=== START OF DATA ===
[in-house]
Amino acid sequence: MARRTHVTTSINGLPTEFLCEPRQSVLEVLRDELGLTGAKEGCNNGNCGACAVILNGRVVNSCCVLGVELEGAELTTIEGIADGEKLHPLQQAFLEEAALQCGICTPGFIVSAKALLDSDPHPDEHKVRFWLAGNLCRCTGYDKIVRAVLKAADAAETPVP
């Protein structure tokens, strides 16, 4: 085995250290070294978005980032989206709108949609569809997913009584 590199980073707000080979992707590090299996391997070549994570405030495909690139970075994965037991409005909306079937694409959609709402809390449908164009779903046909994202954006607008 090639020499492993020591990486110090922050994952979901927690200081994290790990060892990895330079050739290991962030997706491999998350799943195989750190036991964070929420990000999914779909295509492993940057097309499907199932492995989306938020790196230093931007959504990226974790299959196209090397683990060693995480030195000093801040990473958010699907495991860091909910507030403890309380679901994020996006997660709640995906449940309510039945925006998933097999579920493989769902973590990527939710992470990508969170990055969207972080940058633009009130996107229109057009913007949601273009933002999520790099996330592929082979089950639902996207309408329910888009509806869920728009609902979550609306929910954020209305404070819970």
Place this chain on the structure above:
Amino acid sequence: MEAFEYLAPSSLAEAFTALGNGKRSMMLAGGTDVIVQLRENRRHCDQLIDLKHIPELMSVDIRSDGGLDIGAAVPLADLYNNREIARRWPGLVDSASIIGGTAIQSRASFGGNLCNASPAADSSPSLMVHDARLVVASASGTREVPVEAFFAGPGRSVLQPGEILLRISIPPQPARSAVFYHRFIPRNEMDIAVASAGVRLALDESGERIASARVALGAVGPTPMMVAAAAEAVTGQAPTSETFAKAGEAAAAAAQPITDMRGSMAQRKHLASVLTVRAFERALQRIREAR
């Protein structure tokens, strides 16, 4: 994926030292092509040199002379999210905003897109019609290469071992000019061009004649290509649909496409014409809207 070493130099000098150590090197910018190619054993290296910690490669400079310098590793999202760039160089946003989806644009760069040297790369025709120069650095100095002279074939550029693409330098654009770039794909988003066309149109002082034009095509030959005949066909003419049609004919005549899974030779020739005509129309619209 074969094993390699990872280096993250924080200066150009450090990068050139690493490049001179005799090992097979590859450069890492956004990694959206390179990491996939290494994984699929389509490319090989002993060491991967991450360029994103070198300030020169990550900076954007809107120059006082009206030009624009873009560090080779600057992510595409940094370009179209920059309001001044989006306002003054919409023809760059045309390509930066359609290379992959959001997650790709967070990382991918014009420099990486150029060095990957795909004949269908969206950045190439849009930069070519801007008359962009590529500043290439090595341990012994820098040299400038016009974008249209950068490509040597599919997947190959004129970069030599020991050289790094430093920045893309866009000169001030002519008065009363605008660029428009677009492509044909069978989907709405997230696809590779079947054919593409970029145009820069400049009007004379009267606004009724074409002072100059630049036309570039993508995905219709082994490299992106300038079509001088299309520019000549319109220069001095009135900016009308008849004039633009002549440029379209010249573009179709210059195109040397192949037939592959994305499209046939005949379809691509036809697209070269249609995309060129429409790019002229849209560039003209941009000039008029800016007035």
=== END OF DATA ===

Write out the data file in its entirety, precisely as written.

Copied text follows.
[in-house]
Amino acid sequence: MARRTHVTTSINGLPTEFLCEPRQSVLEVLRDELGLTGAKEGCNNGNCGACAVILNGRVVNSCCVLGVELEGAELTTIEGIADGEKLHPLQQAFLEEAALQCGICTPGFIVSAKALLDSDPHPDEHKVRFWLAGNLCRCTGYDKIVRAVLKAADAAETPVP
């Protein structure tokens, strides 16, 4: 085995250290070294978005980032989206709108949609569809997913009584 590199980073707000080979992707590090299996391997070549994570405030495909690139970075994965037991409005909306079937694409959609709402809390449908164009779903046909994202954006607008 090639020499492993020591990486110090922050994952979901927690200081994290790990060892990895330079050739290991962030997706491999998350799943195989750190036991964070929420990000999914779909295509492993940057097309499907199932492995989306938020790196230093931007959504990226974790299959196209090397683990060693995480030195000093801040990473958010699907495991860091909910507030403890309380679901994020996006997660709640995906449940309510039945925006998933097999579920493989769902973590990527939710992470990508969170990055969207972080940058633009009130996107229109057009913007949601273009933002999520790099996330592929082979089950639902996207309408329910888009509806869920728009609902979550609306929910954020209305404070819970």
Place this chain on the structure above:
Amino acid sequence: MEAFEYLAPSSLAEAFTALGNGKRSMMLAGGTDVIVQLRENRRHCDQLIDLKHIPELMSVDIRSDGGLDIGAAVPLADLYNNREIARRWPGLVDSASIIGGTAIQSRASFGGNLCNASPAADSSPSLMVHDARLVVASASGTREVPVEAFFAGPGRSVLQPGEILLRISIPPQPARSAVFYHRFIPRNEMDIAVASAGVRLALDESGERIASARVALGAVGPTPMMVAAAAEAVTGQAPTSETFAKAGEAAAAAAQPITDMRGSMAQRKHLASVLTVRAFERALQRIREAR
């Protein structure tokens, strides 16, 4: 994926030292092509040199002379999210905003897109019609290469071992000019061009004649290509649909496409014409809207 070493130099000098150590090197910018190619054993290296910690490669400079310098590793999202760039160089946003989806644009760069040297790369025709120069650095100095002279074939550029693409330098654009770039794909988003066309149109002082034009095509030959005949066909003419049609004919005549899974030779020739005509129309619209 074969094993390699990872280096993250924080200066150009450090990068050139690493490049001179005799090992097979590859450069890492956004990694959206390179990491996939290494994984699929389509490319090989002993060491991967991450360029994103070198300030020169990550900076954007809107120059006082009206030009624009873009560090080779600057992510595409940094370009179209920059309001001044989006306002003054919409023809760059045309390509930066359609290379992959959001997650790709967070990382991918014009420099990486150029060095990957795909004949269908969206950045190439849009930069070519801007008359962009590529500043290439090595341990012994820098040299400038016009974008249209950068490509040597599919997947190959004129970069030599020991050289790094430093920045893309866009000169001030002519008065009363605008660029428009677009492509044909069978989907709405997230696809590779079947054919593409970029145009820069400049009007004379009267606004009724074409002072100059630049036309570039993508995905219709082994490299992106300038079509001088299309520019000549319109220069001095009135900016009308008849004039633009002549440029379209010249573009179709210059195109040397192949037939592959994305499209046939005949379809691509036809697209070269249609995309060129429409790019002229849209560039003209941009000039008029800016007035």